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Video - Longboards can still be exciting.
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SPQR



Joined: 18 May 2004
Posts: 203

PostPosted: Wed Mar 20, 2013 11:25 pm    Post subject: Reply with quote

Well, I never sailed a raceboard, but I learned to windsurf on a standard windsurfer in the late 70's, then a Rocket 99 and then glass short boards and production short boards. Greg, I think it's great you are still sailing your old board. When I read posts by Windward 1 who sails the Santa Cruz area I think even I would be interested in a Kona so I could sail on the outside in the Santa Cruz area. Nice - keep up the stoke.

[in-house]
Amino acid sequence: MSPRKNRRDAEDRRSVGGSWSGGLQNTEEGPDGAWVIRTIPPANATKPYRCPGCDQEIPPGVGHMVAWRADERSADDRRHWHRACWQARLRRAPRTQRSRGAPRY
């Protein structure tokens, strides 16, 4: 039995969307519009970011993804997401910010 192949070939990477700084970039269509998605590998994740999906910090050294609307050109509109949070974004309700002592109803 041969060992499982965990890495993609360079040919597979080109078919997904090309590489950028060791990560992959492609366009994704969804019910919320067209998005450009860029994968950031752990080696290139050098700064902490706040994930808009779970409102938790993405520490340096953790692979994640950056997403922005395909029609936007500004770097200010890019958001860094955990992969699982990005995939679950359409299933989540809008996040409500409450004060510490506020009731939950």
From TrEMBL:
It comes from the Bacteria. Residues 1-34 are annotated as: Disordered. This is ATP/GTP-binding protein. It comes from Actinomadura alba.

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GURGLETROUSERS



Joined: 30 Dec 2009
Posts: 1309

PostPosted: Thu Mar 21, 2013 3:17 am    Post subject: Reply with quote

Quote. ....'Euro Trash boards are for sailing at weekends, in light breezes, and to look cool atop your car.'

An astounding statement. So that's where I (a Euro trash user) have been going wrong all these years. I'm mortified, and hang my head in shame! Shocked

Please don't attempt to improve on that. I don't want to laugh myself to death next time I'm on one of those extremely boring 10 mile island hops, on my 20+ year old Euro trash Bamba.
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gregnw44



Joined: 23 Jul 2008
Posts: 245

PostPosted: Thu Mar 21, 2013 3:34 am    Post subject: Reply with quote